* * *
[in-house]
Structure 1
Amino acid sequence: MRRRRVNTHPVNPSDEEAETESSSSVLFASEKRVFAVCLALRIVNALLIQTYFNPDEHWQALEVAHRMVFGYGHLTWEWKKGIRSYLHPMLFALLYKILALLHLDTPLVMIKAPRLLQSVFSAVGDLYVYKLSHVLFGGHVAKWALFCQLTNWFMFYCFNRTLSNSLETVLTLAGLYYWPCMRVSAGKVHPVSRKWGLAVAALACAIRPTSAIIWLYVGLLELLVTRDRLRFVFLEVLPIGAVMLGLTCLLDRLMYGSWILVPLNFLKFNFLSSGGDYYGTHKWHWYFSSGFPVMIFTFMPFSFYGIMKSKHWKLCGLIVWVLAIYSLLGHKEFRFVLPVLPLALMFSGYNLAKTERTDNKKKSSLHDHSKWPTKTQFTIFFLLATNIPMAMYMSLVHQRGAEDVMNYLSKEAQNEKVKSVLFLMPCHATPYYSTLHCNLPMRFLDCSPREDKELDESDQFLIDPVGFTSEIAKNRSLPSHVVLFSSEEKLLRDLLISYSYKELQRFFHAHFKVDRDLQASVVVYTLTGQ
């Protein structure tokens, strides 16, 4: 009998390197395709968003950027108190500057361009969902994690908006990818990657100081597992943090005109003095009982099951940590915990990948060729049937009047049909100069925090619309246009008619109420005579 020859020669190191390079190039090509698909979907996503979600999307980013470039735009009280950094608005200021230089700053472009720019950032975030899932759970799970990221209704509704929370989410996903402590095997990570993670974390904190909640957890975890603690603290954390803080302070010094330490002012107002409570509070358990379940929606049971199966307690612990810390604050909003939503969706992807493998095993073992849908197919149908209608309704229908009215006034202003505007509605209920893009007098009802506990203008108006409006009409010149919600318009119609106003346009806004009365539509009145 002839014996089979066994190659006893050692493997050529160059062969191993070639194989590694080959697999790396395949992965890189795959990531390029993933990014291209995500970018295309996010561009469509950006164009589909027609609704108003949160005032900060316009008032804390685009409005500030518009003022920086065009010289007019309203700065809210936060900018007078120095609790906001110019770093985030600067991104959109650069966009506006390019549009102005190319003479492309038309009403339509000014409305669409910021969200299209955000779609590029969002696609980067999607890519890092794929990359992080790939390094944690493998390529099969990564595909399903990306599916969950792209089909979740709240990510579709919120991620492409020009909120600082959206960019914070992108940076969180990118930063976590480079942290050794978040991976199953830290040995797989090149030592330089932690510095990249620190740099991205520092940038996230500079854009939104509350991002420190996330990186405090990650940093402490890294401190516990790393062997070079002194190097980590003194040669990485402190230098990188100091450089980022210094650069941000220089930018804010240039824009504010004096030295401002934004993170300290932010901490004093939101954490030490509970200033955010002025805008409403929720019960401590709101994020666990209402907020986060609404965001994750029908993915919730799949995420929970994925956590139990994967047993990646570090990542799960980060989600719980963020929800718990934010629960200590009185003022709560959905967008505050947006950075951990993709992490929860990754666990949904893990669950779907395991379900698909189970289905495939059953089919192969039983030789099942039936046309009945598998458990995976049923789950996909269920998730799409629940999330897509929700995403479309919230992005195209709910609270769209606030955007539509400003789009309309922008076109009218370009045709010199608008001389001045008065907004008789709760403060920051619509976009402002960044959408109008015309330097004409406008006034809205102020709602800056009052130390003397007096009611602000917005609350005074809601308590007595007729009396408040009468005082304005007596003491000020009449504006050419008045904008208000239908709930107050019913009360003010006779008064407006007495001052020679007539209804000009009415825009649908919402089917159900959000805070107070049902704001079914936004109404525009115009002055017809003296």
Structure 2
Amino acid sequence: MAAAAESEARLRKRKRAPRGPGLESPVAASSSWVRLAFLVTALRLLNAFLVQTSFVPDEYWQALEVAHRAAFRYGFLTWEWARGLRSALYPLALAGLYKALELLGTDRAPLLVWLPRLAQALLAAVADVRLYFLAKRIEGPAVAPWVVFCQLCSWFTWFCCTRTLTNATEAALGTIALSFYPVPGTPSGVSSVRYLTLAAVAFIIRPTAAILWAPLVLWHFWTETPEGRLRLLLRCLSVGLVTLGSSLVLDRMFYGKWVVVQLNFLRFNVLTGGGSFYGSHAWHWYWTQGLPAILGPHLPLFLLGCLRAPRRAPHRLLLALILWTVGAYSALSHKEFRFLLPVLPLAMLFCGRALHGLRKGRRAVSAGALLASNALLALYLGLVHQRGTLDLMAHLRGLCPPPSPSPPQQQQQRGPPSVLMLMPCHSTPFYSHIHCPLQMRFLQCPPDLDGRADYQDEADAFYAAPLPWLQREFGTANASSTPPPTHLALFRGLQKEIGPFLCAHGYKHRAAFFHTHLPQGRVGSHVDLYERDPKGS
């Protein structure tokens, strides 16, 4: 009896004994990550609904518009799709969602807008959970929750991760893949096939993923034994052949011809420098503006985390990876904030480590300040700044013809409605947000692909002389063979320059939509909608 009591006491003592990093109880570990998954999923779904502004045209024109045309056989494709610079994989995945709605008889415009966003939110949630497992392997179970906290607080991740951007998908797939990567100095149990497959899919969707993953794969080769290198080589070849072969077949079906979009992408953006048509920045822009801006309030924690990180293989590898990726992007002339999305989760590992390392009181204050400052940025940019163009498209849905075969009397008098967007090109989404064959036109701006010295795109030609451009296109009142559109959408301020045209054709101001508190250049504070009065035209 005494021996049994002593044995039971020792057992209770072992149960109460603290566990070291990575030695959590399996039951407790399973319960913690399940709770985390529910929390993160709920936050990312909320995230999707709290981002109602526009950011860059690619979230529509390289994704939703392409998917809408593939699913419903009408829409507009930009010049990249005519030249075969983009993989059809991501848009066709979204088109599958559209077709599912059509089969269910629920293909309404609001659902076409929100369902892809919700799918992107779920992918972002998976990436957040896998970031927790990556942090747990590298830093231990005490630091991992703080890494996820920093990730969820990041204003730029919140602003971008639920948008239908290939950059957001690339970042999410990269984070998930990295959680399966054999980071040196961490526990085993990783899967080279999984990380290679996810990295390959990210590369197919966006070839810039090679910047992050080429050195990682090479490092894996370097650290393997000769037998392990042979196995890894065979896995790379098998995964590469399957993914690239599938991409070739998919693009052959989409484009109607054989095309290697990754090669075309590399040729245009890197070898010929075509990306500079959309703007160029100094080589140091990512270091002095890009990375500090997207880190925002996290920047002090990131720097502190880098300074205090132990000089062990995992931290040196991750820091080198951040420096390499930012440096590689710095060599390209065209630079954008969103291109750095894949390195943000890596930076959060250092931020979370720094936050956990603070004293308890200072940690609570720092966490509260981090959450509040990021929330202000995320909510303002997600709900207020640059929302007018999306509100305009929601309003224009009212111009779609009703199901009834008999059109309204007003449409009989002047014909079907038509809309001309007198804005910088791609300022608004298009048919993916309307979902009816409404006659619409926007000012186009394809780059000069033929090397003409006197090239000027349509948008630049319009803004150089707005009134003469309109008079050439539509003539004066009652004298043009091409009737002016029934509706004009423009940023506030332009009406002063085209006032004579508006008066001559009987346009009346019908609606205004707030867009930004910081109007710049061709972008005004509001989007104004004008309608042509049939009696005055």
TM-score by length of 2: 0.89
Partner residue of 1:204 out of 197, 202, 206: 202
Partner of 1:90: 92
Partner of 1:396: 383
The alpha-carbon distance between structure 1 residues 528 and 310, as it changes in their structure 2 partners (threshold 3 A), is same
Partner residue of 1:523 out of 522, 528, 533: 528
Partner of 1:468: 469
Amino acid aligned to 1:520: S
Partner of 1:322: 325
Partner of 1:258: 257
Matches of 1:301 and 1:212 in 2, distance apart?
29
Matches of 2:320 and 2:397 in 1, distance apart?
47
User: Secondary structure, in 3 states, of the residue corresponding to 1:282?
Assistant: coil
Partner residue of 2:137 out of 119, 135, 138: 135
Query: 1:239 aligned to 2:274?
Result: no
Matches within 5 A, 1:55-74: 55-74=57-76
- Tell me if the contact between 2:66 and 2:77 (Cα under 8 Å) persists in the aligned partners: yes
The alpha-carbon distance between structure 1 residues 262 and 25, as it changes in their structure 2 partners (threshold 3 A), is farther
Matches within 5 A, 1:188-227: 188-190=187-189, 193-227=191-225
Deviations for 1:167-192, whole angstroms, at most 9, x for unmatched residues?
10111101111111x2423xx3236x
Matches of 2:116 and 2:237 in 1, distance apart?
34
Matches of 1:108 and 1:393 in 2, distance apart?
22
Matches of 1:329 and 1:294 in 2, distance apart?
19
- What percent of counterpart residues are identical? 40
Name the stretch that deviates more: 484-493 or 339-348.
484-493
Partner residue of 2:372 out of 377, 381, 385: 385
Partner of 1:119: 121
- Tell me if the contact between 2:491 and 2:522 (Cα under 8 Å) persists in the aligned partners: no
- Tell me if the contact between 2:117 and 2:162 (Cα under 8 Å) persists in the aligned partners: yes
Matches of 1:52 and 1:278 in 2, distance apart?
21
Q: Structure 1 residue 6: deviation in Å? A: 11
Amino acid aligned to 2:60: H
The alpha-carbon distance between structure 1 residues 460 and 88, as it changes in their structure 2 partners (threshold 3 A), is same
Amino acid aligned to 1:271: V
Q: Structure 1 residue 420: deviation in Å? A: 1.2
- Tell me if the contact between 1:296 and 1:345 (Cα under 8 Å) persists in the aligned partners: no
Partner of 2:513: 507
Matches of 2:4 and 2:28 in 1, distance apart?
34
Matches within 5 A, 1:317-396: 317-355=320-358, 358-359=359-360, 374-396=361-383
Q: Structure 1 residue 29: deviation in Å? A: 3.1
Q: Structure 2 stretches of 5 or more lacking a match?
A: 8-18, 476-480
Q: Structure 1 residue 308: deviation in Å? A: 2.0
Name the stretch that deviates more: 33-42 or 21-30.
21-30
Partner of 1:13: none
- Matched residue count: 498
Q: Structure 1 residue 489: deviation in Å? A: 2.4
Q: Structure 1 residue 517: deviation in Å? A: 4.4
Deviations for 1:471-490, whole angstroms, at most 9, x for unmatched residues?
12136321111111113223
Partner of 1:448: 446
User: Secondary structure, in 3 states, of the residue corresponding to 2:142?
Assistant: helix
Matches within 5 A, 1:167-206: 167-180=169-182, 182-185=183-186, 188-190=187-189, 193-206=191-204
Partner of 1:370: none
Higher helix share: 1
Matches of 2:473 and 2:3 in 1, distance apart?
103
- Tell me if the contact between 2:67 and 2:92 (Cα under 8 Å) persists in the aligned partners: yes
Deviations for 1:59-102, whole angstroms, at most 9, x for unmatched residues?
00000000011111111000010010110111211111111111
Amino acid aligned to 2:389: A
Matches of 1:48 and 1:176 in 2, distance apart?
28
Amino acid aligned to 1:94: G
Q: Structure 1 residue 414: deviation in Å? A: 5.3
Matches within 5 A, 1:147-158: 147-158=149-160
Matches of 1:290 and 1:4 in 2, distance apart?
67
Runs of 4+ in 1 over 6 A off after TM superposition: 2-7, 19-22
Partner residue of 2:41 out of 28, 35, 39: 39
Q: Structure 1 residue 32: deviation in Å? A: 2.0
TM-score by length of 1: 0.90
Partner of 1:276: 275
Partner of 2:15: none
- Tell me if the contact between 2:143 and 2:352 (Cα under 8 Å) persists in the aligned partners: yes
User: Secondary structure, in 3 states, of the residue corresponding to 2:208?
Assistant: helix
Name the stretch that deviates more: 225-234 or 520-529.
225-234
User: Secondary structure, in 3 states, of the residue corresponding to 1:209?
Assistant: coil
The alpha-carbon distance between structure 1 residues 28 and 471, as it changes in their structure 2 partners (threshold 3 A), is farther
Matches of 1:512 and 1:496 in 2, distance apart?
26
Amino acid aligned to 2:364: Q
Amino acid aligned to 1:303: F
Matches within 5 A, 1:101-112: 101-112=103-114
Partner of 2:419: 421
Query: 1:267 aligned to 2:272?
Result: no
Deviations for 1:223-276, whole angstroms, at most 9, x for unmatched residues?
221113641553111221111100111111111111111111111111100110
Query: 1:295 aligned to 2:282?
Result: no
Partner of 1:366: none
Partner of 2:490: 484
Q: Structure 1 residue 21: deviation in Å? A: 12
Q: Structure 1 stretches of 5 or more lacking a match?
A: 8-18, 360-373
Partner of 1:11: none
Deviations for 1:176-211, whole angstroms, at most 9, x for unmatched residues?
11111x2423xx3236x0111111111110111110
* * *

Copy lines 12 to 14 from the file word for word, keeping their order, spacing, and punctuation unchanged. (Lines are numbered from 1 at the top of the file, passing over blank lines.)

The alpha-carbon distance between structure 1 residues 528 and 310, as it changes in their structure 2 partners (threshold 3 A), is same
Partner residue of 1:523 out of 522, 528, 533: 528
Partner of 1:468: 469